A new economic engine for culture
What comes after social media as we know it
We have always believed that the internet’s powers for good could be realized if they were tied to a business model that produces better incentives than what the dominant online media platforms currently offer. When we started this company five years ago, we thought that the world might look a little different if readers and writers, rather than the companies that want to sell them stuff, were the customers. And we believed that interesting things could happen if writers were rewarded for building trust with readers rather than making viral content.
And interesting things have happened.
Today, there are more than 20 million monthly active subscribers and 2 million paid subscriptions to writers on Substack. Some of the world’s most celebrated writers are here—, , and , to name a few—and they have been joined by a new generation of writers who are building their livelihoods on Substack, a cohort that includes , , and , as well as new institutions such as , , , and many more.
Even more interesting things are still to come. As we move into a new phase of growth, we are eager to push the Substack model further.
Recently, a small team from our San Francisco office visited New York to meet with writers and get feedback on how to evolve the product. Some of these writers were just getting started on Substack, but most were well established, making hundreds of thousands of dollars a year from subscriptions. One of the key themes that emerged was their belief in the Substack model—which guarantees their ownership and independence, as well as control of their relationship with their audience—and their desire for it to translate to more of their online experiences. A common refrain was: Please save me from social media.
In the months ahead, we will work with writers to explore how we can give them more power to publish in whatever formats they want and to find new audiences on their own terms. We will also work with readers to help them be part of conversations that add to, rather than subtract from, their lives, and to reclaim control of their attention.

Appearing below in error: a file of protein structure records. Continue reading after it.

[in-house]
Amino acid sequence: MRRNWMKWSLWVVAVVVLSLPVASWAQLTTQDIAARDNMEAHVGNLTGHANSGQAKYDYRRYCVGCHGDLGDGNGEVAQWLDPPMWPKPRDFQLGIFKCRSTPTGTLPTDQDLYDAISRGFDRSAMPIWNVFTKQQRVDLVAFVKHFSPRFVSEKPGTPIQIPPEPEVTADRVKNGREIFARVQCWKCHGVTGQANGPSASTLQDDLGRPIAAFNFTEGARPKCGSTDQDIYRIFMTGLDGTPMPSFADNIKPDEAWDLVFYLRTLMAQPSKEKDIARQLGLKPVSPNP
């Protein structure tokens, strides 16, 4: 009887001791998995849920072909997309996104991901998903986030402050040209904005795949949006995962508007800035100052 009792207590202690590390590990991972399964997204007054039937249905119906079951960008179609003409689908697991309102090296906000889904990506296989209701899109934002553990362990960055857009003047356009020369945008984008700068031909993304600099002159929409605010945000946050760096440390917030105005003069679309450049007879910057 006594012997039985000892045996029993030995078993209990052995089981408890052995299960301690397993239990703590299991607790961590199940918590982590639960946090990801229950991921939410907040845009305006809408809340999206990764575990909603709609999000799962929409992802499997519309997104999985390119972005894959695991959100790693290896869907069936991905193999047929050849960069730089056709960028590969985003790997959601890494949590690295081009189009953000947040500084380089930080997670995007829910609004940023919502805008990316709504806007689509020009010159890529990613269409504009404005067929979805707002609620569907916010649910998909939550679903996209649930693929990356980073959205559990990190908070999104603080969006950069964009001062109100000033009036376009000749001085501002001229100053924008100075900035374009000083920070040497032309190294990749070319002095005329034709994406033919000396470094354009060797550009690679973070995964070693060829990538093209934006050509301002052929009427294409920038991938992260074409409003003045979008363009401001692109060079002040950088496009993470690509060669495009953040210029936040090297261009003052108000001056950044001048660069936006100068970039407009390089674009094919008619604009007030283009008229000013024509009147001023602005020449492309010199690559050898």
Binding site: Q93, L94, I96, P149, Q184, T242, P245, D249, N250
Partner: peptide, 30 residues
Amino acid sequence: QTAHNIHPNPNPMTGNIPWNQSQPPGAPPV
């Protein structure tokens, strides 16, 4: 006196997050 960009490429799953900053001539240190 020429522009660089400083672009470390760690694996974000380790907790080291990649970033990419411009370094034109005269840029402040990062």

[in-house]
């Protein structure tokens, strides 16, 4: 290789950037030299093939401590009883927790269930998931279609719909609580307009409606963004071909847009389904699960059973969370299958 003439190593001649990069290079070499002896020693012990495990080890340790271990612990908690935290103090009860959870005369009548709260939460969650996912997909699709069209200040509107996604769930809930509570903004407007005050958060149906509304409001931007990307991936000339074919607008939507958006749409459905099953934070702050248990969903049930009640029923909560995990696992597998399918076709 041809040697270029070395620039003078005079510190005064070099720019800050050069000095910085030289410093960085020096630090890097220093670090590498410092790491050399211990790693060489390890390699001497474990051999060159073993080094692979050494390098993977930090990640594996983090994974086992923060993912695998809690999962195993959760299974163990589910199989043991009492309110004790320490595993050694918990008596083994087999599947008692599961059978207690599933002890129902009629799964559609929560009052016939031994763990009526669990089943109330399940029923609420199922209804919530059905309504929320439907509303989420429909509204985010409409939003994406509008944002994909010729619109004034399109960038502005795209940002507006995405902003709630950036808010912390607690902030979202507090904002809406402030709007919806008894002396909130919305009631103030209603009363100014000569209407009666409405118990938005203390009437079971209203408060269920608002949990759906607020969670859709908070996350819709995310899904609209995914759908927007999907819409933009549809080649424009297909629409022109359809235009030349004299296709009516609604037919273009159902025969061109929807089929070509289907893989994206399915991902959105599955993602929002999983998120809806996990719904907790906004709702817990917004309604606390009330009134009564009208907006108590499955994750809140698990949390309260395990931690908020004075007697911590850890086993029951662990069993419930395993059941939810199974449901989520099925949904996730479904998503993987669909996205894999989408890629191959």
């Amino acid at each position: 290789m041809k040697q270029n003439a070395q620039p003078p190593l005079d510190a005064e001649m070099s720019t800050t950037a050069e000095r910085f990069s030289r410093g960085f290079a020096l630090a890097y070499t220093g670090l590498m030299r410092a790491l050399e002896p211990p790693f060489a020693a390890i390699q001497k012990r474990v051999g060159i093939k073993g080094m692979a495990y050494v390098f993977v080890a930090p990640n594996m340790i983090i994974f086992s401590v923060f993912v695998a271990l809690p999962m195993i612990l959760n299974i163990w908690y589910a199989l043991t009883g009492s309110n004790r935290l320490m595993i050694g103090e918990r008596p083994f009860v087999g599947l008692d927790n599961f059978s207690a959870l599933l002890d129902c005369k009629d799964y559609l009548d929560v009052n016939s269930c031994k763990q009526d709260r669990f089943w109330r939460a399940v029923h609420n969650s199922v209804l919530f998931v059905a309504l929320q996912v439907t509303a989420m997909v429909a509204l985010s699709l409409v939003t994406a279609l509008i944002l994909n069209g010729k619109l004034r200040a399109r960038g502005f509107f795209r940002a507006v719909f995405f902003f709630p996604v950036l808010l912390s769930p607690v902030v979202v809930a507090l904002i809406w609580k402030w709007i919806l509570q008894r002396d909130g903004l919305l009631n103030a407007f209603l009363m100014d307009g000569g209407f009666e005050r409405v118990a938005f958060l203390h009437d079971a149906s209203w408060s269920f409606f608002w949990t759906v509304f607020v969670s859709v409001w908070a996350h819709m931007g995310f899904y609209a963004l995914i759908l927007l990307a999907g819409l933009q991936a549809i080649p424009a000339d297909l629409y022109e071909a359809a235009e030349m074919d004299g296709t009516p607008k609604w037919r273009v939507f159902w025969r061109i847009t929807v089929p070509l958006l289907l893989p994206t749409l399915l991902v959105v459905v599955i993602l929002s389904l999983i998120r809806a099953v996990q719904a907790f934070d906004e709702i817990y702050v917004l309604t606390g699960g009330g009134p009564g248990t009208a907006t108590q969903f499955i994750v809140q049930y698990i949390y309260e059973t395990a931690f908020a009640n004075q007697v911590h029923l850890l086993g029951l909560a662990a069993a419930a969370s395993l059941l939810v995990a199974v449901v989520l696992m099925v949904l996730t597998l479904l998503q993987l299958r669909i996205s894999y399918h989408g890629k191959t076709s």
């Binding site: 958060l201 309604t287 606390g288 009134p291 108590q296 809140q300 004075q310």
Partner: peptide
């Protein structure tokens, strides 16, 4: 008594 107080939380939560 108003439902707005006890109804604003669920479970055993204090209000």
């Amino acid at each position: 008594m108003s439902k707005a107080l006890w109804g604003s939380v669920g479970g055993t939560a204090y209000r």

As we do this work, we will remain extremely conscientious in making sure that Substack remains Substack. With every feature we build, as ever, we will stay true to the following principles:
Great work is valuable and deserves to be rewarded with money. That means that publishers should have a way to make a living, or even a fortune, from doing the work they believe in. Money is the fuel that makes the entire engine work, and it’s a healthier, more honest metric than “eyeballs” or engagement.
The people have the power. That means that publishers own their content and relationship with their subscribers, that they have complete editorial control, and that they keep the lion’s share of the revenue generated on the platform. It also means that readers and consumers choose who they enter subscription relationships with.
A free press and free speech are fundamental to a trustworthy media system. That means we take a hands-off approach to content moderation and instead support community moderation, where publishers set their own terms of engagement for their community, and readers choose which communities suit them.
We help readers take back their minds. On Substack, you are the customer. We want to help you be intentional in determining your media diet. We don’t seek to trap you in an attention game that can never be won, and instead we want to help you find and spend time with work that you deeply value.
These principles act in service of the broader Substack mission: to build a new economic engine for culture.
We believe that by working with culture makers to build this engine, we can do more than simply halt a decline; we can contribute to a system that can be better than any in history—a system where there is growth instead of decay, where people have more power than unaligned algorithms or mad kings, and where the central currency is trust.
This mission is about creating alternatives to old models that are reaching the end of their usefulness. It’s about improving the economy behind the cultural systems that drive society. And it’s about more than just writing and journalism; it’s about all of the arts and sciences, and all other expressions of culture.
Our goal is not merely to offer an alternative to social media, but to create the conditions for culture makers to produce amazing work that would never have been possible under the old systems. That doesn’t mean a wholesale redesign of the technologies, but it does necessitate a full reconsideration of the business models that are pushing those once-great platforms into ever more compromised territory.
We believe that together we can build the most valuable media economy the world has ever known—an economy where value is measured not only in dollars but also in quality, in good-faith discourse, and in creating an internet that celebrates and supports humanity.
That is the internet we want to live with. That is the world that we want to live in. Thank you, to all Substack writers and subscribers, for your continued help in trying to build it.